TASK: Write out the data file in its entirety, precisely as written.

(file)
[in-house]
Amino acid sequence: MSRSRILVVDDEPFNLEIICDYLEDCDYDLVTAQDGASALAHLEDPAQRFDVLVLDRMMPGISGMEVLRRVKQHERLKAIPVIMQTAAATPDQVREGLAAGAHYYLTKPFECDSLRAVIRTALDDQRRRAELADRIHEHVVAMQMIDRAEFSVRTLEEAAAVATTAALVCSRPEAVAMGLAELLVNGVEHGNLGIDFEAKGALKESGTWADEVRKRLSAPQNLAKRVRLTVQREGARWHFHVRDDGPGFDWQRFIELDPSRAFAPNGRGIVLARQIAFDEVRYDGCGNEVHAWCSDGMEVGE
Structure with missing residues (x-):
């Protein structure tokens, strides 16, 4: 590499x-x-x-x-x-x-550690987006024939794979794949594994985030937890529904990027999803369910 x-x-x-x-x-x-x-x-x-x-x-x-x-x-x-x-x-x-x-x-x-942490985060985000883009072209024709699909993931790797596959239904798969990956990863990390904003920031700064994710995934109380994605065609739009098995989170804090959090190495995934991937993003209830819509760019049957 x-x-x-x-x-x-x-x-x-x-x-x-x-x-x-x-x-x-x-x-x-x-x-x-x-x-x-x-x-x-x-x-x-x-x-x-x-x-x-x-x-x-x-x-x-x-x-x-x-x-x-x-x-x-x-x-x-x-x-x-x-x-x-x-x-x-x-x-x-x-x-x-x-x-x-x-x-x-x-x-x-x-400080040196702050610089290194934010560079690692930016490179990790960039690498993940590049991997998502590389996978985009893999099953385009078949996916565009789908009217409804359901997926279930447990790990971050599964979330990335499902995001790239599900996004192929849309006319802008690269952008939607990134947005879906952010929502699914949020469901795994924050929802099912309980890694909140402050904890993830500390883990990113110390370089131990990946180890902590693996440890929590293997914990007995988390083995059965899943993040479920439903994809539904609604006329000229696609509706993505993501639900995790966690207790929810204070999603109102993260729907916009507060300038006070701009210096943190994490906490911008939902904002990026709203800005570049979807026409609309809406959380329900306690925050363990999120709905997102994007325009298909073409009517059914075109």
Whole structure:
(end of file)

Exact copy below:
[in-house]
Amino acid sequence: MSRSRILVVDDEPFNLEIICDYLEDCDYDLVTAQDGASALAHLEDPAQRFDVLVLDRMMPGISGMEVLRRVKQHERLKAIPVIMQTAAATPDQVREGLAAGAHYYLTKPFECDSLRAVIRTALDDQRRRAELADRIHEHVVAMQMIDRAEFSVRTLEEAAAVATTAALVCSRPEAVAMGLAELLVNGVEHGNLGIDFEAKGALKESGTWADEVRKRLSAPQNLAKRVRLTVQREGARWHFHVRDDGPGFDWQRFIELDPSRAFAPNGRGIVLARQIAFDEVRYDGCGNEVHAWCSDGMEVGE
Structure with missing residues (x-):
């Protein structure tokens, strides 16, 4: 590499x-x-x-x-x-x-550690987006024939794979794949594994985030937890529904990027999803369910 x-x-x-x-x-x-x-x-x-x-x-x-x-x-x-x-x-x-x-x-x-942490985060985000883009072209024709699909993931790797596959239904798969990956990863990390904003920031700064994710995934109380994605065609739009098995989170804090959090190495995934991937993003209830819509760019049957 x-x-x-x-x-x-x-x-x-x-x-x-x-x-x-x-x-x-x-x-x-x-x-x-x-x-x-x-x-x-x-x-x-x-x-x-x-x-x-x-x-x-x-x-x-x-x-x-x-x-x-x-x-x-x-x-x-x-x-x-x-x-x-x-x-x-x-x-x-x-x-x-x-x-x-x-x-x-x-x-x-x-400080040196702050610089290194934010560079690692930016490179990790960039690498993940590049991997998502590389996978985009893999099953385009078949996916565009789908009217409804359901997926279930447990790990971050599964979330990335499902995001790239599900996004192929849309006319802008690269952008939607990134947005879906952010929502699914949020469901795994924050929802099912309980890694909140402050904890993830500390883990990113110390370089131990990946180890902590693996440890929590293997914990007995988390083995059965899943993040479920439903994809539904609604006329000229696609509706993505993501639900995790966690207790929810204070999603109102993260729907916009507060300038006070701009210096943190994490906490911008939902904002990026709203800005570049979807026409609309809406959380329900306690925050363990999120709905997102994007325009298909073409009517059914075109």
Whole structure: